The MINI brand is getting an exciting new lineup in the next year or so. It was timely, then, that we got the opportunity to chat with Oliver Heilmer, Head of MINI Design. We learned a little bit about the design behind the new MINI Electric and why the gas-powered and electrified versions of the same car are just slightly different. We also gained some insight into future MINI products.

MINImal Design

The overarching theme of the J01 MINI Electric is minimalistic design. “You’re doing less, but it really lifts up the perceived value,” Heilmer says. A key focus was shortening the hood, which Heilmer says gets closer to the MINI Coopers of old – which boast a remarkably short hood. The MINI Electric offers a shorter hood than the gas-powered F66, and the windshield is also further forward. The hood has a couple of benefits, according to Heilmer. Visually, it gets closer to the old cars. But it also helps in the event of an accident.

Heilmer says that in a crash, the hood’s position reduces the chances of damaging it – saving everyone some money. There are considerably fewer components, in general, decorating the front of the vehicle – “three or four parts and the front bumper, that’s it,” according to Heilmer.

Why the F66 and the J01 MINI Cooper Are Slightly Different

So, we just pointed out that the hood and windshield are slightly different between the J01 (Electric) and F66 (gas-powered) MINI Cooper. But there are several other changes, too – like different seat dimensions, armrests, and speaker positioning. Shouldn’t the two be identical? Heilmer starts by explaining how the design process started before the company had even announced a combustion engine variant. Whereas they started designing a new interior focused on high quality and low complexity (low number of parts), things changed when the F66 was confirmed.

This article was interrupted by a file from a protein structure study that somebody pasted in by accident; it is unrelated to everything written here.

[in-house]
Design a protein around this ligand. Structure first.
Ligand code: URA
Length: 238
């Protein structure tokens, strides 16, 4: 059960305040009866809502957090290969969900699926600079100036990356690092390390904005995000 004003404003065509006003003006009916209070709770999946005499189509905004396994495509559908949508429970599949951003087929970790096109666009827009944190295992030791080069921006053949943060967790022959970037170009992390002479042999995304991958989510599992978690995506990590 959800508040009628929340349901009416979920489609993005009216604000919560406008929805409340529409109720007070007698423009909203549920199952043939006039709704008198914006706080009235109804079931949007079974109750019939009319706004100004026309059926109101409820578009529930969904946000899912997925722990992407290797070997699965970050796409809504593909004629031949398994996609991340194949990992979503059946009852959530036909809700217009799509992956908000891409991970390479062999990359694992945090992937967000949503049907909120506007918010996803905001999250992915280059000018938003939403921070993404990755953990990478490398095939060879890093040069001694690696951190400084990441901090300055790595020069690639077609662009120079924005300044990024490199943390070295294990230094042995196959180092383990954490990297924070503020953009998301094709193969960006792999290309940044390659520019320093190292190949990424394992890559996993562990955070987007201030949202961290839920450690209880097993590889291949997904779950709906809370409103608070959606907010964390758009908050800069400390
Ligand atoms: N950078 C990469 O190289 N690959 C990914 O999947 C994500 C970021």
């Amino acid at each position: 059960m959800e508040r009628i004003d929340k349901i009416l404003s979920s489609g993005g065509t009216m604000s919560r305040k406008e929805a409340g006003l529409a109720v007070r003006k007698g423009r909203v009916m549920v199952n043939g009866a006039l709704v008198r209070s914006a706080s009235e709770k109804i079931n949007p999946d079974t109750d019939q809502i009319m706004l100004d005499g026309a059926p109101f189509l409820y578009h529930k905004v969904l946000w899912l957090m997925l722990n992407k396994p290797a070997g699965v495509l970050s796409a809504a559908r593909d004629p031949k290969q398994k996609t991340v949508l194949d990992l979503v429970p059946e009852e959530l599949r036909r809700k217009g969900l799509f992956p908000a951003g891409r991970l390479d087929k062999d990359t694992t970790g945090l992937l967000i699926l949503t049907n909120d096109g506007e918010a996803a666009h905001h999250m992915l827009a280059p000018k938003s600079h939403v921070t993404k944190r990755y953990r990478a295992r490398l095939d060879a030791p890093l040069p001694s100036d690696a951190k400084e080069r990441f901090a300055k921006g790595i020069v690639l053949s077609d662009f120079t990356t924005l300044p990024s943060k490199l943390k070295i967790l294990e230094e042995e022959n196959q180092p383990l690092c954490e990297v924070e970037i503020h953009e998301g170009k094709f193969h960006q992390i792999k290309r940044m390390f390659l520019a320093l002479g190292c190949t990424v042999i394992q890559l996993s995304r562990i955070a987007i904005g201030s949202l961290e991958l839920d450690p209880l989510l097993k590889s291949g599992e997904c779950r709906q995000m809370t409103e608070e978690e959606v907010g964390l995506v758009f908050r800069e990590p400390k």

“There’s a lot of commonalities with the F56,” Heilmer begins. That’s because – essentially – the team looked at their blueprints for the J01 and the existing architecture of the F56 and figured out how to blend the two. Heilmer said challenges presented themselves when it came to packaging – accounting for an exhaust pipe running the length of the vehicle, for example. While the two cars have small differences in places, Heilmer says, “It shouldn’t be something that disturbs you, you know. It’s still a part of the family.”

Other MINI Products

Stefanie Wurst and Charlie Cooper

A smaller MINI? Maybe it isn’t as unlikely as you think. “We were discussing a lot within the MINI team, about MINI and heritage and stuff,” he starts. “And we’re always coming back to this point that…maybe there should be a smaller one?” It’s something the design team has definitely kicked around. Especially as a European market car – where “size really matters,” he says. Of course, he means that small cars really work in Europe, as opposed to the American market, in which everything trends larger.

MINI is also bringing us some low-production vehicles in the not-so-distant future. Heilmer confirmed that the design team is working on between 20 and 25 market editions of new MINI vehicles, including exclusive colors and specifications.

When questioned about an ultra-low-volume production vehicle, Heilmer isn’t sure. “Could you imagine a MINI at a price point of 500k, for instance,” he rhetorically asks. “From a philosophy point of view, I would love to do it. Then, the reality check is the tough one,” he says. It doesn’t sound like we’re going to get a MINI equivalent of the 3.0 CSL anytime soon. “But, it inspires me because maybe this is a question for the next next generation,” he says.

We’d sure love a super-exclusive JCW project – no comment on the price – how about you?